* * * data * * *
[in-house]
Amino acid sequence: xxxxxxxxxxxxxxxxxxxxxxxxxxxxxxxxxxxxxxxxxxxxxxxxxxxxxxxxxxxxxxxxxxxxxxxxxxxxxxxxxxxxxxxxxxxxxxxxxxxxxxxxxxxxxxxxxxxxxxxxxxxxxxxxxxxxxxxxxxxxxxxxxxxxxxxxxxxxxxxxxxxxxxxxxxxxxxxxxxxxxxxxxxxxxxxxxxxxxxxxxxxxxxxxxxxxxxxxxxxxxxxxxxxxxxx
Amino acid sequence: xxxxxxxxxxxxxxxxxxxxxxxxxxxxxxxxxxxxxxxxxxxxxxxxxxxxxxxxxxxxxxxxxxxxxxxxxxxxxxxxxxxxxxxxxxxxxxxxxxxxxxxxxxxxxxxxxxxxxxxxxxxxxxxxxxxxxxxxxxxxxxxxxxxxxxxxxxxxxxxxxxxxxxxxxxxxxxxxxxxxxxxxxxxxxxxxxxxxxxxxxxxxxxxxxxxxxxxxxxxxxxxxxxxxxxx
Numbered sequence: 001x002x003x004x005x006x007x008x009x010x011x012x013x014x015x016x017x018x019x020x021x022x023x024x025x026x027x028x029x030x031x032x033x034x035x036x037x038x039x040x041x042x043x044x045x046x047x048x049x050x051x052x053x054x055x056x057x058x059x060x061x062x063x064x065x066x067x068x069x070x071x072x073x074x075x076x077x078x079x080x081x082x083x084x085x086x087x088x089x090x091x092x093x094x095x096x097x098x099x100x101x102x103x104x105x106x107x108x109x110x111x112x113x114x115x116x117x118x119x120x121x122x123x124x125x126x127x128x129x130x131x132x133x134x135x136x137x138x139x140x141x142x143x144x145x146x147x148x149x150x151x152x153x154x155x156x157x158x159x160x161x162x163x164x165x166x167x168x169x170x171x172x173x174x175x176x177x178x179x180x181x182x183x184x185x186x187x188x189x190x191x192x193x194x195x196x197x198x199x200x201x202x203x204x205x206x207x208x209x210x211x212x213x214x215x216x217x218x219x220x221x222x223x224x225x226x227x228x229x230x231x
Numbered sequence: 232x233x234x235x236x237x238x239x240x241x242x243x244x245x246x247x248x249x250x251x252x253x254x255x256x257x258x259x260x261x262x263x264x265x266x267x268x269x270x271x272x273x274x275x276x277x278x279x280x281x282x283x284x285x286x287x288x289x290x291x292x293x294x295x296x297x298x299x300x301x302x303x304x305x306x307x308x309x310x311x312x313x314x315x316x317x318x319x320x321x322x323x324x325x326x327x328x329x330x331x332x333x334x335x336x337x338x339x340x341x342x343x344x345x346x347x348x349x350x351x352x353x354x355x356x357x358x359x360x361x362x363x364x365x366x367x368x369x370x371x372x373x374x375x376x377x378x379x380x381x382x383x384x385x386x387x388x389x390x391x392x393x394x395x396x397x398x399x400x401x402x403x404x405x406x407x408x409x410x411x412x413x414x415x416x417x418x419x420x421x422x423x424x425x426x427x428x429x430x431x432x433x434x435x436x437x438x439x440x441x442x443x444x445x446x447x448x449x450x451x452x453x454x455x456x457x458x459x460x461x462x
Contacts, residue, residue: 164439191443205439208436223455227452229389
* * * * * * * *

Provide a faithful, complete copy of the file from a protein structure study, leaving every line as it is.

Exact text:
[in-house]
Amino acid sequence: xxxxxxxxxxxxxxxxxxxxxxxxxxxxxxxxxxxxxxxxxxxxxxxxxxxxxxxxxxxxxxxxxxxxxxxxxxxxxxxxxxxxxxxxxxxxxxxxxxxxxxxxxxxxxxxxxxxxxxxxxxxxxxxxxxxxxxxxxxxxxxxxxxxxxxxxxxxxxxxxxxxxxxxxxxxxxxxxxxxxxxxxxxxxxxxxxxxxxxxxxxxxxxxxxxxxxxxxxxxxxxxxxxxxxxx
Amino acid sequence: xxxxxxxxxxxxxxxxxxxxxxxxxxxxxxxxxxxxxxxxxxxxxxxxxxxxxxxxxxxxxxxxxxxxxxxxxxxxxxxxxxxxxxxxxxxxxxxxxxxxxxxxxxxxxxxxxxxxxxxxxxxxxxxxxxxxxxxxxxxxxxxxxxxxxxxxxxxxxxxxxxxxxxxxxxxxxxxxxxxxxxxxxxxxxxxxxxxxxxxxxxxxxxxxxxxxxxxxxxxxxxxxxxxxxxx
Numbered sequence: 001x002x003x004x005x006x007x008x009x010x011x012x013x014x015x016x017x018x019x020x021x022x023x024x025x026x027x028x029x030x031x032x033x034x035x036x037x038x039x040x041x042x043x044x045x046x047x048x049x050x051x052x053x054x055x056x057x058x059x060x061x062x063x064x065x066x067x068x069x070x071x072x073x074x075x076x077x078x079x080x081x082x083x084x085x086x087x088x089x090x091x092x093x094x095x096x097x098x099x100x101x102x103x104x105x106x107x108x109x110x111x112x113x114x115x116x117x118x119x120x121x122x123x124x125x126x127x128x129x130x131x132x133x134x135x136x137x138x139x140x141x142x143x144x145x146x147x148x149x150x151x152x153x154x155x156x157x158x159x160x161x162x163x164x165x166x167x168x169x170x171x172x173x174x175x176x177x178x179x180x181x182x183x184x185x186x187x188x189x190x191x192x193x194x195x196x197x198x199x200x201x202x203x204x205x206x207x208x209x210x211x212x213x214x215x216x217x218x219x220x221x222x223x224x225x226x227x228x229x230x231x
Numbered sequence: 232x233x234x235x236x237x238x239x240x241x242x243x244x245x246x247x248x249x250x251x252x253x254x255x256x257x258x259x260x261x262x263x264x265x266x267x268x269x270x271x272x273x274x275x276x277x278x279x280x281x282x283x284x285x286x287x288x289x290x291x292x293x294x295x296x297x298x299x300x301x302x303x304x305x306x307x308x309x310x311x312x313x314x315x316x317x318x319x320x321x322x323x324x325x326x327x328x329x330x331x332x333x334x335x336x337x338x339x340x341x342x343x344x345x346x347x348x349x350x351x352x353x354x355x356x357x358x359x360x361x362x363x364x365x366x367x368x369x370x371x372x373x374x375x376x377x378x379x380x381x382x383x384x385x386x387x388x389x390x391x392x393x394x395x396x397x398x399x400x401x402x403x404x405x406x407x408x409x410x411x412x413x414x415x416x417x418x419x420x421x422x423x424x425x426x427x428x429x430x431x432x433x434x435x436x437x438x439x440x441x442x443x444x445x446x447x448x449x450x451x452x453x454x455x456x457x458x459x460x461x462x
Contacts, residue, residue: 164439191443205439208436223455227452229389